The government has recognised that the new mixed member tax rules would create significant cash flow problems for members of LLPs subject to AIFMD. Therefore, the draft Finance Bill 2014 includes a new statutory tax mechanism that LLP members can elect for. Under this mechanism, LLP members can choose to allocate their ‘restricted profits’ (which includes deferred amounts and upfront amounts in the form of instruments) to the LLP itself for tax purposes. The LLP would be subject to tax at 45% on any amounts so allocated. The LLP member would be taxable on any upfront cash and instruments in the year they are received, but would receive a credit for tax paid by the LLP on the instruments. The receipt of any deferred amounts would be treated as taxable income in the year of receipt, but the member would receive a credit for any tax already paid by the LLP.
If instruments do not vest for any reason, then no further tax is payable by the member but there is no ability for the LLP to recover tax already paid. It is proposed that no National Insurance contributions will become payable until the variable remuneration ultimately vests - further guidance on the National Insurance position will be published in due course.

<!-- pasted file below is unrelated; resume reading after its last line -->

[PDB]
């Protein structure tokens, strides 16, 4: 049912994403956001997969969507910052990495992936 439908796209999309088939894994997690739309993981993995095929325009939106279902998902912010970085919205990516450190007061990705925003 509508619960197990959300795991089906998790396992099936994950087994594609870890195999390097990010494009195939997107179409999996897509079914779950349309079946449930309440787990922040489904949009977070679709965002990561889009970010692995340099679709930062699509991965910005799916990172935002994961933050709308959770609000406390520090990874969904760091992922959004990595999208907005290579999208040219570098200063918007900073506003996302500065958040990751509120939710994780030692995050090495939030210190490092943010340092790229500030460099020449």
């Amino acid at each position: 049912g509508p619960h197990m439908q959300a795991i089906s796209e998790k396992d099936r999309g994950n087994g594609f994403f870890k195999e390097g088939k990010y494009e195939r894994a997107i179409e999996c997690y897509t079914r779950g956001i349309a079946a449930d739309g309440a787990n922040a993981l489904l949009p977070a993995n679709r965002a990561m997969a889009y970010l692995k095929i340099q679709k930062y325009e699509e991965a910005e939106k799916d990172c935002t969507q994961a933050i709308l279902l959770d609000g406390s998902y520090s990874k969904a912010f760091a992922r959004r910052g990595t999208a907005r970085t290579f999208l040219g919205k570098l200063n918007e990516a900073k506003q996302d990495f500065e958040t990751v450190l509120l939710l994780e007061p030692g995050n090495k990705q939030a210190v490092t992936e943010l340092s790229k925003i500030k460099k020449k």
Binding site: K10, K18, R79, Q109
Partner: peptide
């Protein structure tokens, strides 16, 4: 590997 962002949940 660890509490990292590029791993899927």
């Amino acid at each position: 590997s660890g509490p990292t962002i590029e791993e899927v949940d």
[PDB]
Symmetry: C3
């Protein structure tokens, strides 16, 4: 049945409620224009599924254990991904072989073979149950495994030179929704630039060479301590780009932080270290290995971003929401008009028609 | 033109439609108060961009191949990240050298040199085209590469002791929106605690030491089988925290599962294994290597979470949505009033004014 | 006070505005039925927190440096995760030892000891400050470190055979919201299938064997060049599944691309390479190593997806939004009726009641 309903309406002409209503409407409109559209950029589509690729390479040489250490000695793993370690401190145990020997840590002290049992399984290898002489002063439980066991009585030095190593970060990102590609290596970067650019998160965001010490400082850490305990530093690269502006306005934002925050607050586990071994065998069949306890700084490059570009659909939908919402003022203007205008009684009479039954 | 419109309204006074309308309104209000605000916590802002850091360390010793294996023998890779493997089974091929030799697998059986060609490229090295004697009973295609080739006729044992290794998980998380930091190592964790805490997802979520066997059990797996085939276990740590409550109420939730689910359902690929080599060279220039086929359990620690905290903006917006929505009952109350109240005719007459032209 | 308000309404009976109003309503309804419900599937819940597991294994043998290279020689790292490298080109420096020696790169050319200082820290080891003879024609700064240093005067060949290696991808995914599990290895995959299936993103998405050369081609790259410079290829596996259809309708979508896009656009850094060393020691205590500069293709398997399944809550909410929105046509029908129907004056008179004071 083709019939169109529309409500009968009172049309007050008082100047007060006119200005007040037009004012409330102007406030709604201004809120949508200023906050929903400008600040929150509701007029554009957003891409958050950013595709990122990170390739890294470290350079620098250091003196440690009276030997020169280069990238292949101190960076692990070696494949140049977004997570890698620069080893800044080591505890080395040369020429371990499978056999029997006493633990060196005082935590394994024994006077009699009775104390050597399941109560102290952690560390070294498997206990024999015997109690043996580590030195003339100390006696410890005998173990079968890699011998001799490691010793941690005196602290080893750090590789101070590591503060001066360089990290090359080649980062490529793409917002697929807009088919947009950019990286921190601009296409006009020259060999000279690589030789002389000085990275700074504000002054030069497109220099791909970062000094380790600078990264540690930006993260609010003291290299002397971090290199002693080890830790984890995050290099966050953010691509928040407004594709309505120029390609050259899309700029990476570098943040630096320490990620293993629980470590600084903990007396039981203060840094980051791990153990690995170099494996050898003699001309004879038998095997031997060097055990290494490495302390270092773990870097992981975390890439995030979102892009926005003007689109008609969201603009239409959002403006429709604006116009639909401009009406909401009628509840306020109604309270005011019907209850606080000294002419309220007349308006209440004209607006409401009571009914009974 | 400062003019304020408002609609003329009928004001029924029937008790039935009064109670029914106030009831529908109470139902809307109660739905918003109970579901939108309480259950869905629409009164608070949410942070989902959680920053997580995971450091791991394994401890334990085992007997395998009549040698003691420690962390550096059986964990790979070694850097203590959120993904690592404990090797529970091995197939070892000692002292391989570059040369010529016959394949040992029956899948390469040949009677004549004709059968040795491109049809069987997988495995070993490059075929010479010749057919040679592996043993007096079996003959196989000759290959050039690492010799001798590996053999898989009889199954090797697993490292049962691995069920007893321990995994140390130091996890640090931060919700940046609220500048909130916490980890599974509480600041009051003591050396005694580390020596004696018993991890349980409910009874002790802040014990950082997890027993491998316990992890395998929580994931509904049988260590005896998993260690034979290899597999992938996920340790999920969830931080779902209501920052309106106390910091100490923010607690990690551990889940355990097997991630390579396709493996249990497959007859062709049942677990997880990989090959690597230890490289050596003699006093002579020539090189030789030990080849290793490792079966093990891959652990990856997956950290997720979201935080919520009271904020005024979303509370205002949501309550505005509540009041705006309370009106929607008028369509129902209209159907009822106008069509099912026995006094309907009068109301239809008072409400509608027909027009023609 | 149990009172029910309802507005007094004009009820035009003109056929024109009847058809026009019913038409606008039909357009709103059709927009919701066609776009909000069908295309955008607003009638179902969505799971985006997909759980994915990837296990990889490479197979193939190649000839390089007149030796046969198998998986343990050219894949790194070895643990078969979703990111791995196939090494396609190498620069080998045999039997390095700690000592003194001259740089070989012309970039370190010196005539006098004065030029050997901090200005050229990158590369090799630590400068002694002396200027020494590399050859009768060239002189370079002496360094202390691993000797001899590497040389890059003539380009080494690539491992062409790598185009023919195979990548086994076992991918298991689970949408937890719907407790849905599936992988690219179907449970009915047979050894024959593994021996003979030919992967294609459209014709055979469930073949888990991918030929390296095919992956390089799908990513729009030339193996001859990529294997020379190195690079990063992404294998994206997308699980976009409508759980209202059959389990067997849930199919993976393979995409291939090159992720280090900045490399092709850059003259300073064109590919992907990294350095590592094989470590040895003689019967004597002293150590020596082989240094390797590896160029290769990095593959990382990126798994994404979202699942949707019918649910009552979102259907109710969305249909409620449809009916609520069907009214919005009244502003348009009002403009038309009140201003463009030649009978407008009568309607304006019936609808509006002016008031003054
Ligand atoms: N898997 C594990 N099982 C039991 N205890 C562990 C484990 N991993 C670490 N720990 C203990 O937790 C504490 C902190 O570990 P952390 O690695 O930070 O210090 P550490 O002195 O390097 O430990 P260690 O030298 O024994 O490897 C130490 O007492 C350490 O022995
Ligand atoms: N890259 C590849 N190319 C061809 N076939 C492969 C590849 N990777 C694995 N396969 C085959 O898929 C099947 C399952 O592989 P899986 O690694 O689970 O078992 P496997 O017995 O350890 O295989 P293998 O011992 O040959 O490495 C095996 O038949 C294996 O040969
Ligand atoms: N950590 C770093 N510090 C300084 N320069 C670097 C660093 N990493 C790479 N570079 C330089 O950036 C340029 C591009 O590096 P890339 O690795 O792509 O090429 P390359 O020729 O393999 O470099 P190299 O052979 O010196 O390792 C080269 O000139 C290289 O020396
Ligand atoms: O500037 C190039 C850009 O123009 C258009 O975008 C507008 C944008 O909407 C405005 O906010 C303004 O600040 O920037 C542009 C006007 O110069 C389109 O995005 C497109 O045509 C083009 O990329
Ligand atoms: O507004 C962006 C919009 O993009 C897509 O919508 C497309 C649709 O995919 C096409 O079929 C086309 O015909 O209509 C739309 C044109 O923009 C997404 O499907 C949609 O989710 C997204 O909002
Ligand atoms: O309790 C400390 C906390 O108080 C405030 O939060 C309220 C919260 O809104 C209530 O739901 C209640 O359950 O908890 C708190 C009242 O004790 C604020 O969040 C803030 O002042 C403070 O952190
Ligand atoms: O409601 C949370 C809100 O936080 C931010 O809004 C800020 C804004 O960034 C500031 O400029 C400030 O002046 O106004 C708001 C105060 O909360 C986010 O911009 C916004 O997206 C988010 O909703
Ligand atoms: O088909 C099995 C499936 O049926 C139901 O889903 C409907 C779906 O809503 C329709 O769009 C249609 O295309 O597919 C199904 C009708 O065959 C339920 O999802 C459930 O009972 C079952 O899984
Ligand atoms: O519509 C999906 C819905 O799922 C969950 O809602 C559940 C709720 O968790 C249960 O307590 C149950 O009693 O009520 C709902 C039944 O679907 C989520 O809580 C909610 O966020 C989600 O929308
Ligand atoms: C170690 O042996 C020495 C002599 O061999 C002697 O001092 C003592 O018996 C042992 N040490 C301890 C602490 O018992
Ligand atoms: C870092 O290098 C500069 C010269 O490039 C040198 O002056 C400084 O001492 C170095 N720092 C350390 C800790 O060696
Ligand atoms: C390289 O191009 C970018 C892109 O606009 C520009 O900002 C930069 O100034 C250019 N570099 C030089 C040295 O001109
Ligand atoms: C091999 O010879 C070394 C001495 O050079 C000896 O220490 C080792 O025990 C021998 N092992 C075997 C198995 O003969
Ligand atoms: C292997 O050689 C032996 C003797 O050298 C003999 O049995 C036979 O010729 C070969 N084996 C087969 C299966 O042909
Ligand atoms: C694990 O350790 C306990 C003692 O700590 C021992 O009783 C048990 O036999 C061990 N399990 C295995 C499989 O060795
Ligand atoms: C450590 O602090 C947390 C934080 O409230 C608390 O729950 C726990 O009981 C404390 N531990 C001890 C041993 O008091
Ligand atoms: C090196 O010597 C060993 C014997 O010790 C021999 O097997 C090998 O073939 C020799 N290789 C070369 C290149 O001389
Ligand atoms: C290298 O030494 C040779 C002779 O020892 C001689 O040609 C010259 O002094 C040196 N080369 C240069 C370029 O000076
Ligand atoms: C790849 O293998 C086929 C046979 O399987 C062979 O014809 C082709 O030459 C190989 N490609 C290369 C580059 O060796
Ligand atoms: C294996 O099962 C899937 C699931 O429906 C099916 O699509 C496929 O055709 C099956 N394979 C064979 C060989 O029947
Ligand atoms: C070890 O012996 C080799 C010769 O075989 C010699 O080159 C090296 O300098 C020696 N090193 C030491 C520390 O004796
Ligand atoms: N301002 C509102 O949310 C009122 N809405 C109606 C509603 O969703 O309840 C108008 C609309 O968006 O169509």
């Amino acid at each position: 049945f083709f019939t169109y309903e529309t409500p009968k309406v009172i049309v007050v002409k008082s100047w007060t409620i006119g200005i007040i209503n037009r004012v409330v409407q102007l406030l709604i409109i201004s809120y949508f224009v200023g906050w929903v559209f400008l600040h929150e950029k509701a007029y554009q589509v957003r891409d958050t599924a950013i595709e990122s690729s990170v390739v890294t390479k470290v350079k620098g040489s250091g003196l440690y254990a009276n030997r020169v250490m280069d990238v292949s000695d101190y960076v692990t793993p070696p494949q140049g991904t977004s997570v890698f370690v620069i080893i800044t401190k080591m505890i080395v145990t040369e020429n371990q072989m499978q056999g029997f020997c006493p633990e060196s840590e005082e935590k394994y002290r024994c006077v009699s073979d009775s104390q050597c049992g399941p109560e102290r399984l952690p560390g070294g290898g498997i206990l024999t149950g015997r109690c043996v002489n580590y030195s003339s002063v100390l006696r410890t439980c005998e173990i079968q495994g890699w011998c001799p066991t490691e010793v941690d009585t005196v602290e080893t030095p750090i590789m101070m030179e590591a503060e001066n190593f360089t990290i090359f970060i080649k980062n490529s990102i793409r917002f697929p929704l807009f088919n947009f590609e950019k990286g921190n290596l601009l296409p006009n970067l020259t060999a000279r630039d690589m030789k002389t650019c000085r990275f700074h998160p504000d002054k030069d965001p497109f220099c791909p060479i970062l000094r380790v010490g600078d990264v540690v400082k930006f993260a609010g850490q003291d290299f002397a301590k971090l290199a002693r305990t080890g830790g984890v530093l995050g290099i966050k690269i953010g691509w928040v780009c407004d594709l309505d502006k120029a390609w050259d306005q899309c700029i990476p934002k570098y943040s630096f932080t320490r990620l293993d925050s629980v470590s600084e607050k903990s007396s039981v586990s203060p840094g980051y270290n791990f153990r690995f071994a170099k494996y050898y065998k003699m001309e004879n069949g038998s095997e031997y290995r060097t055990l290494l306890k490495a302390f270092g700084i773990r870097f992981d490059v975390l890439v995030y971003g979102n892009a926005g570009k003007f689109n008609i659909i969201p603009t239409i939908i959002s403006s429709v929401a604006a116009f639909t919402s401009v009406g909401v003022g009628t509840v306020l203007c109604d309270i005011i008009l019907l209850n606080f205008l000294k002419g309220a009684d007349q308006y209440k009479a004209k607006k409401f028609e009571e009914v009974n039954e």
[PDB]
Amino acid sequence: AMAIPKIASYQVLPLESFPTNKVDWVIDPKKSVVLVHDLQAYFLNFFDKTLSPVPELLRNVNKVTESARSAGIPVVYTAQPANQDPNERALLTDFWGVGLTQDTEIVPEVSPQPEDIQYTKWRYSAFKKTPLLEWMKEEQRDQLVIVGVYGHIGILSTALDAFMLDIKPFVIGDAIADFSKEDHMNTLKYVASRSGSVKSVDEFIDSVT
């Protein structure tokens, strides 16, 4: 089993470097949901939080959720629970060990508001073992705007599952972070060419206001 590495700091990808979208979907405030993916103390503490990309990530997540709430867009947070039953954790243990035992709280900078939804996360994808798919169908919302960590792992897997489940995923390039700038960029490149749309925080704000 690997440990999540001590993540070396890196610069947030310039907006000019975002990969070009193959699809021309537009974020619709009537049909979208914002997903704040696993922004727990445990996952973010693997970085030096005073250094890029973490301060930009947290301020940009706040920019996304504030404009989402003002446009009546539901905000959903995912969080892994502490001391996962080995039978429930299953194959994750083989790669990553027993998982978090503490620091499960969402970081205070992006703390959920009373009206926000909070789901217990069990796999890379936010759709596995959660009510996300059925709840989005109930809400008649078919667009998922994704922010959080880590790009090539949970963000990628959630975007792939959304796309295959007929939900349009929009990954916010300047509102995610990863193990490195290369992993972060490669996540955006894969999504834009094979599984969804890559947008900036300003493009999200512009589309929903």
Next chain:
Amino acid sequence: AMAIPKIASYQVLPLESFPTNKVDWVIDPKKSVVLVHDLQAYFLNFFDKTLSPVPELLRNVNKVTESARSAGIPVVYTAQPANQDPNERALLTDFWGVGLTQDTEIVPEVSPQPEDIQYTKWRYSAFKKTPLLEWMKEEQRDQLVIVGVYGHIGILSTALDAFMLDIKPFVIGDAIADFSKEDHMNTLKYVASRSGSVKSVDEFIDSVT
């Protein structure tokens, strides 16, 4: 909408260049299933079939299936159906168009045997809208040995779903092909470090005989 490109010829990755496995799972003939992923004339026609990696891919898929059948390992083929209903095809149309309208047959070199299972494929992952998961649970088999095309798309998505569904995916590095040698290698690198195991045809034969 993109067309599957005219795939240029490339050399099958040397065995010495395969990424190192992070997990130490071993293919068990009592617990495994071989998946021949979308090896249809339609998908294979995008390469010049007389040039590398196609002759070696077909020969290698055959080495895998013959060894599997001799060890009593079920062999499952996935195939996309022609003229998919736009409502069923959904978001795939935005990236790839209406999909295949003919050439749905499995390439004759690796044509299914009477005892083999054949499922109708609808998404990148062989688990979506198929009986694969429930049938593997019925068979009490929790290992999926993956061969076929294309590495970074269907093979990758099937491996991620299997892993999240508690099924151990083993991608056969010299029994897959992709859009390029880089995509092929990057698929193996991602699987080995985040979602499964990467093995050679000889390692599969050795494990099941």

Therefore, the broad effect of the new mechanism is that deferral can be made on a net of tax basis as far as the member is concerned, though this will be at the expense of the LLP if the award doesn’t ultimately vest.
2. ‘Salaried member’ rules
While the new rules for AIFMD LLPs may present some challenges, the proposals to treat certain LLP members as employees for tax purposes are potentially more significant. These ‘salaried member’ rules are significantly different from those originally proposed and have the potential to apply to wide range of fund managers currently structured as LLPs.
Three condition test
Under the new proposals, a member of an LLP will be deemed an employee for tax purposes if all of the following three conditions are satisfied:
- The amounts payable to the member substantially wholly consist of ‘disguised salary’ – this is any amount which is: